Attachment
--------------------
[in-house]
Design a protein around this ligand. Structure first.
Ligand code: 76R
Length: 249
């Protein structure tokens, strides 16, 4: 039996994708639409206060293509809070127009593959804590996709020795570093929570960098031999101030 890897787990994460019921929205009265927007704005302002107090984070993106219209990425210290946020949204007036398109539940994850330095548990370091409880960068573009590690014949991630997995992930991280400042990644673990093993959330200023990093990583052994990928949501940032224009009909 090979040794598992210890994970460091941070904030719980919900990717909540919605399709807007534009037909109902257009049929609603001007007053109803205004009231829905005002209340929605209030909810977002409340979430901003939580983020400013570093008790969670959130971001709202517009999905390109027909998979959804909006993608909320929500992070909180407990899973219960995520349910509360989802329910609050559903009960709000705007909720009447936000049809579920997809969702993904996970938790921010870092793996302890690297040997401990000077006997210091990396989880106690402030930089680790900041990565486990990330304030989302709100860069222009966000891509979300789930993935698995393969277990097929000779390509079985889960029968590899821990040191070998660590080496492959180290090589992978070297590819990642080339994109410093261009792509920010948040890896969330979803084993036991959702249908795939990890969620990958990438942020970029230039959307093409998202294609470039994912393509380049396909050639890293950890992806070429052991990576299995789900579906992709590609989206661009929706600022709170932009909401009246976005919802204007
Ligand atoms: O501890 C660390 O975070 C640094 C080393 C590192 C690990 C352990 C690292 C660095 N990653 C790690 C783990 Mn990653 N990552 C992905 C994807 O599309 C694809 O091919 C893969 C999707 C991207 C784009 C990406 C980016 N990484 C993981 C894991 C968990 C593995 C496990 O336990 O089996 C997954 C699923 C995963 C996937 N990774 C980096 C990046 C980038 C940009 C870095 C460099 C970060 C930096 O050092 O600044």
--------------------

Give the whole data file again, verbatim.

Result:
[in-house]
Design a protein around this ligand. Structure first.
Ligand code: 76R
Length: 249
């Protein structure tokens, strides 16, 4: 039996994708639409206060293509809070127009593959804590996709020795570093929570960098031999101030 890897787990994460019921929205009265927007704005302002107090984070993106219209990425210290946020949204007036398109539940994850330095548990370091409880960068573009590690014949991630997995992930991280400042990644673990093993959330200023990093990583052994990928949501940032224009009909 090979040794598992210890994970460091941070904030719980919900990717909540919605399709807007534009037909109902257009049929609603001007007053109803205004009231829905005002209340929605209030909810977002409340979430901003939580983020400013570093008790969670959130971001709202517009999905390109027909998979959804909006993608909320929500992070909180407990899973219960995520349910509360989802329910609050559903009960709000705007909720009447936000049809579920997809969702993904996970938790921010870092793996302890690297040997401990000077006997210091990396989880106690402030930089680790900041990565486990990330304030989302709100860069222009966000891509979300789930993935698995393969277990097929000779390509079985889960029968590899821990040191070998660590080496492959180290090589992978070297590819990642080339994109410093261009792509920010948040890896969330979803084993036991959702249908795939990890969620990958990438942020970029230039959307093409998202294609470039994912393509380049396909050639890293950890992806070429052991990576299995789900579906992709590609989206661009929706600022709170932009909401009246976005919802204007
Ligand atoms: O501890 C660390 O975070 C640094 C080393 C590192 C690990 C352990 C690292 C660095 N990653 C790690 C783990 Mn990653 N990552 C992905 C994807 O599309 C694809 O091919 C893969 C999707 C991207 C784009 C990406 C980016 N990484 C993981 C894991 C968990 C593995 C496990 O336990 O089996 C997954 C699923 C995963 C996937 N990774 C980096 C990046 C980038 C940009 C870095 C460099 C970060 C930096 O050092 O600044």